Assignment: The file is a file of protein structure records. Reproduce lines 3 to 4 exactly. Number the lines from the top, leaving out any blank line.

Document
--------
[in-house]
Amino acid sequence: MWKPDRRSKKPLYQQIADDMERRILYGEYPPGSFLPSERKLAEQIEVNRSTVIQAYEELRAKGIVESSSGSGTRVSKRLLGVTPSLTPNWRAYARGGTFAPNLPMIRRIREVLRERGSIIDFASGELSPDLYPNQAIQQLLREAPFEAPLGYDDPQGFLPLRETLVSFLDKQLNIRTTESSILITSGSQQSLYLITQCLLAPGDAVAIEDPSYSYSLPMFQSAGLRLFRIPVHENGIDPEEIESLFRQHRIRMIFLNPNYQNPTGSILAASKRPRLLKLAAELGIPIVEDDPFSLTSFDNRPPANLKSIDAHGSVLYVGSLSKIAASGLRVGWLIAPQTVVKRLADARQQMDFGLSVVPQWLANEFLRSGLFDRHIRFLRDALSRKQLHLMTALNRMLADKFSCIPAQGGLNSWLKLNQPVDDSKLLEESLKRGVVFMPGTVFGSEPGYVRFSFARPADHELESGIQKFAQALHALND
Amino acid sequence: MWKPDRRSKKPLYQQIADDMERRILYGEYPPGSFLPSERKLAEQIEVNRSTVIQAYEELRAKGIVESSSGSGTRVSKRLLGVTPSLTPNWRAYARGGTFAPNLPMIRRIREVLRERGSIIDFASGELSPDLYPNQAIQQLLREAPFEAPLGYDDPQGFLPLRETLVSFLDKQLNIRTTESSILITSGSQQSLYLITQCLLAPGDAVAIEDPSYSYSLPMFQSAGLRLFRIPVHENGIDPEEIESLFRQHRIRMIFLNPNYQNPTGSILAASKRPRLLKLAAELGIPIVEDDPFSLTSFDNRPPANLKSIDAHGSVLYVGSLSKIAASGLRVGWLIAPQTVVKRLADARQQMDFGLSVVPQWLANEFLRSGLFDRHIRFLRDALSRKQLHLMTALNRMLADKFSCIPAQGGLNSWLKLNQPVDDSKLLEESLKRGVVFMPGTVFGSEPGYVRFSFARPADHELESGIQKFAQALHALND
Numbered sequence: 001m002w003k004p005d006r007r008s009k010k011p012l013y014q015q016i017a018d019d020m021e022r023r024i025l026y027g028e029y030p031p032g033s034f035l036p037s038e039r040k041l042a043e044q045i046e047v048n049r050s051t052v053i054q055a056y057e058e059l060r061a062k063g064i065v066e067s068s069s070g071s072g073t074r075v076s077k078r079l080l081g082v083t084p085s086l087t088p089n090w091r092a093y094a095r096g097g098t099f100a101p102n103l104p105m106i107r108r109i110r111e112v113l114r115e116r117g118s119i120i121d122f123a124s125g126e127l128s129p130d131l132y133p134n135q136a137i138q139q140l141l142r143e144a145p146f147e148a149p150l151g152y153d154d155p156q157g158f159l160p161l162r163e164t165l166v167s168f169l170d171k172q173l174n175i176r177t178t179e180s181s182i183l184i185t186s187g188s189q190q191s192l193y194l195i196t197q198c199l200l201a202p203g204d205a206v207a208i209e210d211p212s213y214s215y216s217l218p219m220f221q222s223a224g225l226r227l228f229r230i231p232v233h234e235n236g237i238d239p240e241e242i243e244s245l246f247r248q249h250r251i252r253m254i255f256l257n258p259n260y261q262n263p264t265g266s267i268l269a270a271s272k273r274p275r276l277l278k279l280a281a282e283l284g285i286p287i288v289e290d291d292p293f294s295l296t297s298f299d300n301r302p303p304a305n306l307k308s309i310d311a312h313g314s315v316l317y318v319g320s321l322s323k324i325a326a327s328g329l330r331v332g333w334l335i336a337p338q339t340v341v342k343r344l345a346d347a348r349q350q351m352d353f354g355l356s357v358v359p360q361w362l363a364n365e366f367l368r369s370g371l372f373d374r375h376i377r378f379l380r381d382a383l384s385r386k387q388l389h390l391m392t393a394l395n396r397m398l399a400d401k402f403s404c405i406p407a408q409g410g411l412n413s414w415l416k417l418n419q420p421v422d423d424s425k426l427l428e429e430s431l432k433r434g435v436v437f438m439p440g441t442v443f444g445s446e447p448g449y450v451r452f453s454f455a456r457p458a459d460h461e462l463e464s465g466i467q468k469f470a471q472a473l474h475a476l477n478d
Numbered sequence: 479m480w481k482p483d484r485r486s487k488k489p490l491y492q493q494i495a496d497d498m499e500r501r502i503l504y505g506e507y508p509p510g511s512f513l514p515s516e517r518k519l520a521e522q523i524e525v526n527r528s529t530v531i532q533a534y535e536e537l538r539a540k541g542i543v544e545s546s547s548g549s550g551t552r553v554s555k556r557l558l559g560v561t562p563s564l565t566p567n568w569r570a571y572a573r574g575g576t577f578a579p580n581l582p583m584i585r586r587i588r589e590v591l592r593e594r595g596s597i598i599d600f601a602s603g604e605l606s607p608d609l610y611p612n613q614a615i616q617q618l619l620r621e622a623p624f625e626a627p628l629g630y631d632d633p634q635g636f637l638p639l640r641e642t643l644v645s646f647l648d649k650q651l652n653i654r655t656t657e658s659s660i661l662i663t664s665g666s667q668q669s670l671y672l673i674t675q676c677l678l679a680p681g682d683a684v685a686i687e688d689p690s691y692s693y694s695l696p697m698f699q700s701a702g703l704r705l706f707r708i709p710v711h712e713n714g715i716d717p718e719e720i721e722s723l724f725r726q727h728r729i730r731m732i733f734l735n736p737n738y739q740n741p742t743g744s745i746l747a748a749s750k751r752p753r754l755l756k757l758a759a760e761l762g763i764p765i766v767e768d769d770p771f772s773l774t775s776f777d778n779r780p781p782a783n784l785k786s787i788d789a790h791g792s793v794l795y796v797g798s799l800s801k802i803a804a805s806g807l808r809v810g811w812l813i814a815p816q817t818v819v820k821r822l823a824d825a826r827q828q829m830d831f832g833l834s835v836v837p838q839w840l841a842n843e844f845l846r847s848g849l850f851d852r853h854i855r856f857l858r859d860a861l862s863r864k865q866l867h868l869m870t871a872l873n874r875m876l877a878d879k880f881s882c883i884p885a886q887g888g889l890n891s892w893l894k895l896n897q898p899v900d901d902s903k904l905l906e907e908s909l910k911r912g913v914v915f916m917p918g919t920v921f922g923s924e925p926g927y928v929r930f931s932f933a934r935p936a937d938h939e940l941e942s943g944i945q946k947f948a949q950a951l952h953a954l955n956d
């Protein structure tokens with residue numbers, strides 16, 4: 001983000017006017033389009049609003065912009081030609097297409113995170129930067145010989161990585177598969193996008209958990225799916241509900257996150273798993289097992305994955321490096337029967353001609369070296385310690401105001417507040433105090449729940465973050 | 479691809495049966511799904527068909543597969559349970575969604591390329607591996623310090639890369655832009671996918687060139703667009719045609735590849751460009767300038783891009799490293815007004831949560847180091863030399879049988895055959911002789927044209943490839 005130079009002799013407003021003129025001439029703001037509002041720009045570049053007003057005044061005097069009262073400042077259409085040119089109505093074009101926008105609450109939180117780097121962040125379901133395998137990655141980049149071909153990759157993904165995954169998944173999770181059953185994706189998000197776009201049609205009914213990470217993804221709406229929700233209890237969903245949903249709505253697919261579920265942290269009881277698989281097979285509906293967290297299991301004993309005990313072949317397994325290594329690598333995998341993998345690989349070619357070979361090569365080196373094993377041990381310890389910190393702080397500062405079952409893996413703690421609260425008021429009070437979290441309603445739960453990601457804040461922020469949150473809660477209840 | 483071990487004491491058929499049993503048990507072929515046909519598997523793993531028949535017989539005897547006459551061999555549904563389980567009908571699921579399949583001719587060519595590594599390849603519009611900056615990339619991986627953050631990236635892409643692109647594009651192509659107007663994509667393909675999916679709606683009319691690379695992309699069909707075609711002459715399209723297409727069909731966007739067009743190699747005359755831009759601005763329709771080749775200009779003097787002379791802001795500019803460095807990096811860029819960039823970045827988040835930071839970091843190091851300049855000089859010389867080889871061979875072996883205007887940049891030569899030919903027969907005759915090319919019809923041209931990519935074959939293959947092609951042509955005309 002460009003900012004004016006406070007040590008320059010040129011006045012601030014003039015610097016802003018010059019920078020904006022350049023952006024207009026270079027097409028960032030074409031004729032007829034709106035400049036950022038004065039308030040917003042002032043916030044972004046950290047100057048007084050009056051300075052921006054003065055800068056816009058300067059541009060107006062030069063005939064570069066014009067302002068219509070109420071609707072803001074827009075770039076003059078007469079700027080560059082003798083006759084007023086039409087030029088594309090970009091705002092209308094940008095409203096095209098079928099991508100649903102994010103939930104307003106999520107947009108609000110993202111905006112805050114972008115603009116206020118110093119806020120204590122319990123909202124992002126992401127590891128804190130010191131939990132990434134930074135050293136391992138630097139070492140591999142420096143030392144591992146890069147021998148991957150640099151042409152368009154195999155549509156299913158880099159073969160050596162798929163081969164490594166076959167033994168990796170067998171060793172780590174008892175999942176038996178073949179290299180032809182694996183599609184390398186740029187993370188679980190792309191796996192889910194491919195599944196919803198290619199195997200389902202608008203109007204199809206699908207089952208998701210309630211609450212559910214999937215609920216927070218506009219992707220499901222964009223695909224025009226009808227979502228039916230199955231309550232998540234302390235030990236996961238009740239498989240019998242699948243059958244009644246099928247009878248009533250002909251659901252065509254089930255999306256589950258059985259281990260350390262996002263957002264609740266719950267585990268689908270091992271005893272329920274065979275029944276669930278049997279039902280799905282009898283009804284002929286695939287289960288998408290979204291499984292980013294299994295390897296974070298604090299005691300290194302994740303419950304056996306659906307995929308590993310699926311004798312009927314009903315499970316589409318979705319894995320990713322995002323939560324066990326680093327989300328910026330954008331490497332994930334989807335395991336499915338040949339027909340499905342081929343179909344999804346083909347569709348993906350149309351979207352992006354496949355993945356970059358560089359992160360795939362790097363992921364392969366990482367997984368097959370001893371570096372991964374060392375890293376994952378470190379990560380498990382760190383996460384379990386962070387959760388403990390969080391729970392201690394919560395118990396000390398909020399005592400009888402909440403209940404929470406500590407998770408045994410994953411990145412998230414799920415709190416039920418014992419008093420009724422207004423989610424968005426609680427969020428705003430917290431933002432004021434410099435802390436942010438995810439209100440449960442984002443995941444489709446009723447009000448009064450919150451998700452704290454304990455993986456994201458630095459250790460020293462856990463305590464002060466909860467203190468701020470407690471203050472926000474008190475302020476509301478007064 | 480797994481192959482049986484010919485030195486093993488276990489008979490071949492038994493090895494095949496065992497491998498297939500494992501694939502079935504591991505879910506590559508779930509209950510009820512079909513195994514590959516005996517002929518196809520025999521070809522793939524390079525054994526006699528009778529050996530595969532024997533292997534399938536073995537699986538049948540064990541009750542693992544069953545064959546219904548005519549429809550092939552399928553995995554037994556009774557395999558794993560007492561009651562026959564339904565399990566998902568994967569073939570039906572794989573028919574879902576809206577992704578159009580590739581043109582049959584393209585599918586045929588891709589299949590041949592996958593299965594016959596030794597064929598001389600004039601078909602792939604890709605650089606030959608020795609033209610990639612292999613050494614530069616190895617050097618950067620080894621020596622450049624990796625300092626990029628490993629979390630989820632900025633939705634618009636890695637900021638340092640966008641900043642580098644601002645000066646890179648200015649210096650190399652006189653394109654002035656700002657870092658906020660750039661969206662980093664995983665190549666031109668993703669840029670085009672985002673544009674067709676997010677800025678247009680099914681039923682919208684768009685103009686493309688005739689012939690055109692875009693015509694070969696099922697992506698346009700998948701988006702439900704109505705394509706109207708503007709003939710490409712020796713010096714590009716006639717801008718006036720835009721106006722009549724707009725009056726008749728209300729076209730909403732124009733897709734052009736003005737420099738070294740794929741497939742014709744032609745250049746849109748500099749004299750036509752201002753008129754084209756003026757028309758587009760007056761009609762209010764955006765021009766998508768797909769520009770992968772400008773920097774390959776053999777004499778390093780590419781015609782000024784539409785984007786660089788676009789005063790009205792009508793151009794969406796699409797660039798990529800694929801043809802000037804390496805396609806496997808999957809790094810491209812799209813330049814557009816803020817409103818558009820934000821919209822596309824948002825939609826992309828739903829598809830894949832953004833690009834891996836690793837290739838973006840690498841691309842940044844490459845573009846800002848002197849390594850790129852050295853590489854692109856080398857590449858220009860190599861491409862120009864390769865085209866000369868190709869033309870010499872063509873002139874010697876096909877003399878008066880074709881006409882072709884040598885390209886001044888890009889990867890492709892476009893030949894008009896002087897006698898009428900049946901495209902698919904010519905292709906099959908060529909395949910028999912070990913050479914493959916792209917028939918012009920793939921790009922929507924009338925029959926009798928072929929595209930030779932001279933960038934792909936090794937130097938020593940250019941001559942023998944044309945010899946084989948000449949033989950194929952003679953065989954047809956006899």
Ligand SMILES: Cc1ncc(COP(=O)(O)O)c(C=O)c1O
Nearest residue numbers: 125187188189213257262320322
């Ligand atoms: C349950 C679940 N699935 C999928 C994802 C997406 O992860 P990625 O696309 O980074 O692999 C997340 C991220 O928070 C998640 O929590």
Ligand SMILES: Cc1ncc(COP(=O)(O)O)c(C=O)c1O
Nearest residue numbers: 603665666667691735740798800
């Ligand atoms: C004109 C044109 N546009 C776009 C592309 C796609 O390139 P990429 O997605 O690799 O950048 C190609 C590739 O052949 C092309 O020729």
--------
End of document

Amino acid sequence: MWKPDRRSKKPLYQQIADDMERRILYGEYPPGSFLPSERKLAEQIEVNRSTVIQAYEELRAKGIVESSSGSGTRVSKRLLGVTPSLTPNWRAYARGGTFAPNLPMIRRIREVLRERGSIIDFASGELSPDLYPNQAIQQLLREAPFEAPLGYDDPQGFLPLRETLVSFLDKQLNIRTTESSILITSGSQQSLYLITQCLLAPGDAVAIEDPSYSYSLPMFQSAGLRLFRIPVHENGIDPEEIESLFRQHRIRMIFLNPNYQNPTGSILAASKRPRLLKLAAELGIPIVEDDPFSLTSFDNRPPANLKSIDAHGSVLYVGSLSKIAASGLRVGWLIAPQTVVKRLADARQQMDFGLSVVPQWLANEFLRSGLFDRHIRFLRDALSRKQLHLMTALNRMLADKFSCIPAQGGLNSWLKLNQPVDDSKLLEESLKRGVVFMPGTVFGSEPGYVRFSFARPADHELESGIQKFAQALHALND
Numbered sequence: 001m002w003k004p005d006r007r008s009k010k011p012l013y014q015q016i017a018d019d020m021e022r023r024i025l026y027g028e029y030p031p032g033s034f035l036p037s038e039r040k041l042a043e044q045i046e047v048n049r050s051t052v053i054q055a056y057e058e059l060r061a062k063g064i065v066e067s068s069s070g071s072g073t074r075v076s077k078r079l080l081g082v083t084p085s086l087t088p089n090w091r092a093y094a095r096g097g098t099f100a101p102n103l104p105m106i107r108r109i110r111e112v113l114r115e116r117g118s119i120i121d122f123a124s125g126e127l128s129p130d131l132y133p134n135q136a137i138q139q140l141l142r143e144a145p146f147e148a149p150l151g152y153d154d155p156q157g158f159l160p161l162r163e164t165l166v167s168f169l170d171k172q173l174n175i176r177t178t179e180s181s182i183l184i185t186s187g188s189q190q191s192l193y194l195i196t197q198c199l200l201a202p203g204d205a206v207a208i209e210d211p212s213y214s215y216s217l218p219m220f221q222s223a224g225l226r227l228f229r230i231p232v233h234e235n236g237i238d239p240e241e242i243e244s245l246f247r248q249h250r251i252r253m254i255f256l257n258p259n260y261q262n263p264t265g266s267i268l269a270a271s272k273r274p275r276l277l278k279l280a281a282e283l284g285i286p287i288v289e290d291d292p293f294s295l296t297s298f299d300n301r302p303p304a305n306l307k308s309i310d311a312h313g314s315v316l317y318v319g320s321l322s323k324i325a326a327s328g329l330r331v332g333w334l335i336a337p338q339t340v341v342k343r344l345a346d347a348r349q350q351m352d353f354g355l356s357v358v359p360q361w362l363a364n365e366f367l368r369s370g371l372f373d374r375h376i377r378f379l380r381d382a383l384s385r386k387q388l389h390l391m392t393a394l395n396r397m398l399a400d401k402f403s404c405i406p407a408q409g410g411l412n413s414w415l416k417l418n419q420p421v422d423d424s425k426l427l428e429e430s431l432k433r434g435v436v437f438m439p440g441t442v443f444g445s446e447p448g449y450v451r452f453s454f455a456r457p458a459d460h461e462l463e464s465g466i467q468k469f470a471q472a473l474h475a476l477n478d